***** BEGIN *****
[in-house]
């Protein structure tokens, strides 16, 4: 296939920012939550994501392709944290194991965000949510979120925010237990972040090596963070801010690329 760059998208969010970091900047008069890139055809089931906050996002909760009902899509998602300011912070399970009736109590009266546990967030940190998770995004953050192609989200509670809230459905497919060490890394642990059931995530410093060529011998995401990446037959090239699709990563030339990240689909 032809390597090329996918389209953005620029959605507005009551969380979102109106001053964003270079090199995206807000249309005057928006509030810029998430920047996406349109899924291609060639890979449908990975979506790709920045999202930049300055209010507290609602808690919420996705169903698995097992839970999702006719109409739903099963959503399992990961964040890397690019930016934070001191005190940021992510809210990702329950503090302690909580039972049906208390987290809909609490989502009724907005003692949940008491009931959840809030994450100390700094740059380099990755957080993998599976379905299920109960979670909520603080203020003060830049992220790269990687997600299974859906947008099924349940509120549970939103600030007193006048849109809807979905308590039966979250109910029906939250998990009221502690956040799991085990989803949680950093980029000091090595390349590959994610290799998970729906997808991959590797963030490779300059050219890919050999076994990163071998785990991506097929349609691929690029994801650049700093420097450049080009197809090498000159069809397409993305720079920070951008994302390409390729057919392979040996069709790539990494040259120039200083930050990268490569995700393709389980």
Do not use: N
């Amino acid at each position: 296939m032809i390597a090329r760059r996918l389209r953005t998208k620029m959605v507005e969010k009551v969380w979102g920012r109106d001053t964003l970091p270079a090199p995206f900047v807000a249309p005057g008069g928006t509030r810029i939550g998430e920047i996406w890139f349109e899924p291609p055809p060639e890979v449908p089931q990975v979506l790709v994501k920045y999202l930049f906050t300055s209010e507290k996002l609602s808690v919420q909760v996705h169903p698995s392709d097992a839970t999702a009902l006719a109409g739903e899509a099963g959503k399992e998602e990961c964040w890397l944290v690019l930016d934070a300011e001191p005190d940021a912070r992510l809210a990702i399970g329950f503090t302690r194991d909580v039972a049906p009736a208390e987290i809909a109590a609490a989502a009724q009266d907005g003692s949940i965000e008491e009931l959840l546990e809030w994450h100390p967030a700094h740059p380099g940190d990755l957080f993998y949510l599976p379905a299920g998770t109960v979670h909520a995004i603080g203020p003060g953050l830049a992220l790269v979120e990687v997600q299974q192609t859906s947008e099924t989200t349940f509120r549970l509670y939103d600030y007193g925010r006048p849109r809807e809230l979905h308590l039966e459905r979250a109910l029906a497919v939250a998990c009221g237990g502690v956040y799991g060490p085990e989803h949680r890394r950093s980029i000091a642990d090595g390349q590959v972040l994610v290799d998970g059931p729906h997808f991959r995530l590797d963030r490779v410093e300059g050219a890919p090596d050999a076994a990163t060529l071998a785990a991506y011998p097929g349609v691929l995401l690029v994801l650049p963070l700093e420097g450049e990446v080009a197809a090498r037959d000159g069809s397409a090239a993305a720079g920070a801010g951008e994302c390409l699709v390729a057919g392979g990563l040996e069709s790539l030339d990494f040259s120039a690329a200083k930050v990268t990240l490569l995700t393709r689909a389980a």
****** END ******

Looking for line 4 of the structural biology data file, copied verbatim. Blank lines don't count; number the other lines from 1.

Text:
């Amino acid at each position: 296939m032809i390597a090329r760059r996918l389209r953005t998208k620029m959605v507005e969010k009551v969380w979102g920012r109106d001053t964003l970091p270079a090199p995206f900047v807000a249309p005057g008069g928006t509030r810029i939550g998430e920047i996406w890139f349109e899924p291609p055809p060639e890979v449908p089931q990975v979506l790709v994501k920045y999202l930049f906050t300055s209010e507290k996002l609602s808690v919420q909760v996705h169903p698995s392709d097992a839970t999702a009902l006719a109409g739903e899509a099963g959503k399992e998602e990961c964040w890397l944290v690019l930016d934070a300011e001191p005190d940021a912070r992510l809210a990702i399970g329950f503090t302690r194991d909580v039972a049906p009736a208390e987290i809909a109590a609490a989502a009724q009266d907005g003692s949940i965000e008491e009931l959840l546990e809030w994450h100390p967030a700094h740059p380099g940190d990755l957080f993998y949510l599976p379905a299920g998770t109960v979670h909520a995004i603080g203020p003060g953050l830049a992220l790269v979120e990687v997600q299974q192609t859906s947008e099924t989200t349940f509120r549970l509670y939103d600030y007193g925010r006048p849109r809807e809230l979905h308590l039966e459905r979250a109910l029906a497919v939250a998990c009221g237990g502690v956040y799991g060490p085990e989803h949680r890394r950093s980029i000091a642990d090595g390349q590959v972040l994610v290799d998970g059931p729906h997808f991959r995530l590797d963030r490779v410093e300059g050219a890919p090596d050999a076994a990163t060529l071998a785990a991506y011998p097929g349609v691929l995401l690029v994801l650049p963070l700093e420097g450049e990446v080009a197809a090498r037959d000159g069809s397409a090239a993305a720079g920070a801010g951008e994302c390409l699709v390729a057919g392979g990563l040996e069709s790539l030339d990494f040259s120039a690329a200083k930050v990268t990240l490569l995700t393709r689909a389980a």